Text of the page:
As the internet started to grow, I found people through LISTSERVS and online forums who were chasing their own roots. When I moved to the USA, I discovered the amazing microfiche libraries maintained and shared by the Mormon church through their Family History Centers, and spent many a long our staring into a reader in a darkened room, trying to decipher handwriting on deteriorated paper which had been photographed in less-than optimum conditions.
Over time, the online repositories and search engines have blossomed into a wonderful store of knowledge. TV programs promote the myth that it's easy to trace your way back to a King or Queen. And DNA testing connects you with people whom share genes from a common ancestor, maybe five or six or more generations ago. My own DNA shows 83% "Great Britain" and most of the rest Scandinavian... so there's probably a Viking or two in there way back, but little or no French, Gypsy or Irish in the mix... much to the opposite of the stories about the Bonnetts!
One of the triggers to starting my research was the desire to find out more about my mother's maternal ancestry. As the youngest child of a large family, whose mother passed away just days after she was born, she knew very little about her mother's family--the Bonnetts--other than family rumours. The Bonnets' proved to be the most difficult of my grandparents' ancestry to trace, and yet one of the most fascinating. You'll see that name again, along with Toon, Carvell, Mountney, Riley, and many more. The Hughes family--the family of my daughters' father--is another fascinating branch, with many stories to tell.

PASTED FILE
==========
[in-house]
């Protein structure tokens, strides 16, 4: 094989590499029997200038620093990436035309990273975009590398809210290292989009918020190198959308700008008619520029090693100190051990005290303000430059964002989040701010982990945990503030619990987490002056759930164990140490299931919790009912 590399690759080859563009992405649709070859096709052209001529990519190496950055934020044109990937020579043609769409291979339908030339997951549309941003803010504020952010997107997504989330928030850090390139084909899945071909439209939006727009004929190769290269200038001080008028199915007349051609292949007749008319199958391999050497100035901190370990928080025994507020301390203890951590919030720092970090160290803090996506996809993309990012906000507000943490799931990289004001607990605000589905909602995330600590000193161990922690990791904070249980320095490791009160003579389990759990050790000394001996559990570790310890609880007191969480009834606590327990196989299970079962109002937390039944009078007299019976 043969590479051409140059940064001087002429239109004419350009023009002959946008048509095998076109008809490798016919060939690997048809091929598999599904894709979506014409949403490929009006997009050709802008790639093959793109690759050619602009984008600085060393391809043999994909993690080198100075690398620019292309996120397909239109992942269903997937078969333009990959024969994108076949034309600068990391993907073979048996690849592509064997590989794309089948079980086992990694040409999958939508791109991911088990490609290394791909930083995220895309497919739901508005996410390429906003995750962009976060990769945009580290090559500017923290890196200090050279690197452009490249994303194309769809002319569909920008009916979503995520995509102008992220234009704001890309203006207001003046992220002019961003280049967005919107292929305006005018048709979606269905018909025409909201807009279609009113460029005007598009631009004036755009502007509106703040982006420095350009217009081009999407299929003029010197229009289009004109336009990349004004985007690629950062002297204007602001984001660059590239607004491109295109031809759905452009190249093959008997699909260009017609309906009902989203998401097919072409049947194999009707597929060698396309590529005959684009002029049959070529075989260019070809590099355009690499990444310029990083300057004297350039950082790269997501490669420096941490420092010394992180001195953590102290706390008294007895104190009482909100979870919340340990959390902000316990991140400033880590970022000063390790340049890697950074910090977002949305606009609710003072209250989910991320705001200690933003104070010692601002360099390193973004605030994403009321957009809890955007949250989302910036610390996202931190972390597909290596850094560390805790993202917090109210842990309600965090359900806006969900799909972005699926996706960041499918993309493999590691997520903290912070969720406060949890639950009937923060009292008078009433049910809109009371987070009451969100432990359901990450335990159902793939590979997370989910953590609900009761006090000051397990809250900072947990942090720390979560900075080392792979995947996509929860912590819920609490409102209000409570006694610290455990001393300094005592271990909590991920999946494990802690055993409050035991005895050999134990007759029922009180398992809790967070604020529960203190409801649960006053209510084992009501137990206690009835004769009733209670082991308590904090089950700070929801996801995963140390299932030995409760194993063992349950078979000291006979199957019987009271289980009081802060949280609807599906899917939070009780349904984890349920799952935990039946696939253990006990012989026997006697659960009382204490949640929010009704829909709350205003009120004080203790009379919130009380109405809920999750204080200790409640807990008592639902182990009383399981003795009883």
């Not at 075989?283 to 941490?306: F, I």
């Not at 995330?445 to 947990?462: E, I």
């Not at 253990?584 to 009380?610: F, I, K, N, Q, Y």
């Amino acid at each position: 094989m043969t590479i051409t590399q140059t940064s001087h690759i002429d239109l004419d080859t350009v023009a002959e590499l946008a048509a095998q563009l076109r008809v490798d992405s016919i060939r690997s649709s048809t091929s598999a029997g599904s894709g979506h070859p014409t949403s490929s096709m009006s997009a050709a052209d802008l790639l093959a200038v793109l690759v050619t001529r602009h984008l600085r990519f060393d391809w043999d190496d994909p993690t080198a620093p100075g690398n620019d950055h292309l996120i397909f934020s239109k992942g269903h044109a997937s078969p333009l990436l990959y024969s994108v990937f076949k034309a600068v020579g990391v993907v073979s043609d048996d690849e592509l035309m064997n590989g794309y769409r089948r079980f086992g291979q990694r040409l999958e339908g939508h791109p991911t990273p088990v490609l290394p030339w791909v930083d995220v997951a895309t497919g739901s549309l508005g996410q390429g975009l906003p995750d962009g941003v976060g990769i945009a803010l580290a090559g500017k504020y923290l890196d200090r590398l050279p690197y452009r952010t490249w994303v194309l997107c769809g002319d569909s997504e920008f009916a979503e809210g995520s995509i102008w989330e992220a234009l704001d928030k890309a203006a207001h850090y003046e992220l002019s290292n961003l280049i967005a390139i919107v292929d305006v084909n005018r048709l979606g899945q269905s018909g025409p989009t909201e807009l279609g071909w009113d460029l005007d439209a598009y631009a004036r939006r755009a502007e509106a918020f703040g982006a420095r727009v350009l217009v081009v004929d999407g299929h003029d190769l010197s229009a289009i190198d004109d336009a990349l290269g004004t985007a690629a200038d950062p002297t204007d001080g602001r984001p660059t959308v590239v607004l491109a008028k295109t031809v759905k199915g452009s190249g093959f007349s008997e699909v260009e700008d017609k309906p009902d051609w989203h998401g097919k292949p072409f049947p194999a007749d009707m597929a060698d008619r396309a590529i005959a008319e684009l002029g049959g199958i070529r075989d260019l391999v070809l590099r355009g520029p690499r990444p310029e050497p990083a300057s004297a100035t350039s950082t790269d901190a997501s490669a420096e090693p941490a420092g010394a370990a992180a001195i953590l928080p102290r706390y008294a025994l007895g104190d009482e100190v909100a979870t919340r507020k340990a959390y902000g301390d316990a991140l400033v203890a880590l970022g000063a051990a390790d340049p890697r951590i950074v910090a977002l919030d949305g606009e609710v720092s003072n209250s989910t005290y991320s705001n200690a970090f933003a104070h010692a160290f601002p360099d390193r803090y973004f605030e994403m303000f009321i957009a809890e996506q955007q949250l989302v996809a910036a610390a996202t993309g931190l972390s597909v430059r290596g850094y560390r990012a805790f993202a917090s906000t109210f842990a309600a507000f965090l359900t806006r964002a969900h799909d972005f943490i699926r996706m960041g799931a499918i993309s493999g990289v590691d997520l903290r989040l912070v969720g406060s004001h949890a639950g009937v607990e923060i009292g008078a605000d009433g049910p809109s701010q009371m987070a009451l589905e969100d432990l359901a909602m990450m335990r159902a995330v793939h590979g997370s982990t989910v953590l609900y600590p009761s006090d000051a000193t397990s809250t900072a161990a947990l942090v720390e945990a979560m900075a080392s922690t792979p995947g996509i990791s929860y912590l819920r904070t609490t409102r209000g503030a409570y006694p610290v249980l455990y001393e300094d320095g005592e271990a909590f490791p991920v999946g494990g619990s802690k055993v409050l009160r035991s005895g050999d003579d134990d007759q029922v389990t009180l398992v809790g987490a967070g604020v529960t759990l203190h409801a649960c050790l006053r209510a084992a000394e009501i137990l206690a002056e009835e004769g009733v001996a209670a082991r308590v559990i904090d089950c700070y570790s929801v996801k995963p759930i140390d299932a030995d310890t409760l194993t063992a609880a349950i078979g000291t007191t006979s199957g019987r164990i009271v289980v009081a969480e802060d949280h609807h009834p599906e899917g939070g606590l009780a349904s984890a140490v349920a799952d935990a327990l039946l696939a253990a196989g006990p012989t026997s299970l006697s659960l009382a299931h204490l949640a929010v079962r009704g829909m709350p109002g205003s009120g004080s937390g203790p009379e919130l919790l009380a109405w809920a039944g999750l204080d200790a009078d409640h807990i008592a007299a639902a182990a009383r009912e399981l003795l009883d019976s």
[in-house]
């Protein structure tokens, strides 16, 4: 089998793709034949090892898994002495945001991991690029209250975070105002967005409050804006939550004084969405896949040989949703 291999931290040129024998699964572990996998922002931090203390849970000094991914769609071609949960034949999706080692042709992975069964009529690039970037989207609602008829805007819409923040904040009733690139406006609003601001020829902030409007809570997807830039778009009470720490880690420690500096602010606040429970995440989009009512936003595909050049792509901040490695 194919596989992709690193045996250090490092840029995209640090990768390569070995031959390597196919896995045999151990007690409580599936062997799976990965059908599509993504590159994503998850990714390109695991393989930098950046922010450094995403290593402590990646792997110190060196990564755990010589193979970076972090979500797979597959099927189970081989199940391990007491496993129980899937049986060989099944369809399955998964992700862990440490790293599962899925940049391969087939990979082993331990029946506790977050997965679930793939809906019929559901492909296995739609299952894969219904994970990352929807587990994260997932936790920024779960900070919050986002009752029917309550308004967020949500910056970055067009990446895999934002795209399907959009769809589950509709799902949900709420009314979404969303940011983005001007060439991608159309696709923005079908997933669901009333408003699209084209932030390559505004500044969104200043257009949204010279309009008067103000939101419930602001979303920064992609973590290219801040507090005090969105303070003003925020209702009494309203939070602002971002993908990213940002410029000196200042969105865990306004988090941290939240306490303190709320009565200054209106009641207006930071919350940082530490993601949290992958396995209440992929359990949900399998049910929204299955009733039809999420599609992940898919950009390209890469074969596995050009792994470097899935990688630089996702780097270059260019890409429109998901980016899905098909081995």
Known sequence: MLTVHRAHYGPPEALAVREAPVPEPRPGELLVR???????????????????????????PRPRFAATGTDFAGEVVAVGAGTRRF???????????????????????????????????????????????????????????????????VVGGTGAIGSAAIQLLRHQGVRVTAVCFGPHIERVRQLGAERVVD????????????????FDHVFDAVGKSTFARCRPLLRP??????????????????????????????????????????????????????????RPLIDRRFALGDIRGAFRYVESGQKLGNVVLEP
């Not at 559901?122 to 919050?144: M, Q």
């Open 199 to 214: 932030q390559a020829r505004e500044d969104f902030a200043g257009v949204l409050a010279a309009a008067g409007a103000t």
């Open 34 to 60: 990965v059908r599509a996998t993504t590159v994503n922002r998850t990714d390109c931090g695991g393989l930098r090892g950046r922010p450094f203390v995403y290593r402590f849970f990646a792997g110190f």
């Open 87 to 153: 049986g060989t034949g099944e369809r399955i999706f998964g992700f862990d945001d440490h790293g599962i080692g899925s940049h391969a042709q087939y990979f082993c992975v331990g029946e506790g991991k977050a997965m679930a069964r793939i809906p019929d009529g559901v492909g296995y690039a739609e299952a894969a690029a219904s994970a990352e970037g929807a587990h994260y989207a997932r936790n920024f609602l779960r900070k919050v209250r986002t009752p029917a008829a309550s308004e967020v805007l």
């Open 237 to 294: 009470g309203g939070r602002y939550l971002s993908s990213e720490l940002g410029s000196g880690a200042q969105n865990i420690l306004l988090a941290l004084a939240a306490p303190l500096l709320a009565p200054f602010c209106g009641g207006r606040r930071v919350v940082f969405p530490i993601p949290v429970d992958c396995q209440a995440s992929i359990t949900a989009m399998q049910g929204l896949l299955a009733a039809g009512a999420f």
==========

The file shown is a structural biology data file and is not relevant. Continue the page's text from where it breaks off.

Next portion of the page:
While my "tree" is public on Ancestry.com, under the username alisontoontree201009, this website will share the stories of some of the family, and some of my experience and learnings while researching.
I encourage everyone to find out more about their ancestry. Our forefathers have shaped us into who we are, for better and for worse. If you know where you've come from, you have a better chance of knowing where you're going.
I go from researching families with ten or fifteen children, living in small homes, starting work at 12 years old or worse, working in factories or as domestic servants or farmhands or down in the dark of a mine, to my other guilty secret--House Hunters on HGTV--and see spoiled people refusing a house because each child doesn't have their own bathroom... The family research helps keep me sane in this consume-all world.
What would my great-grandmother say to my kitchen and laundry room? All the bedrooms? All this space for so few people? Would she complain that she doesn't have two walk-in closets and a personal dressing room? Somehow, I don't think so.
It's all relative!!!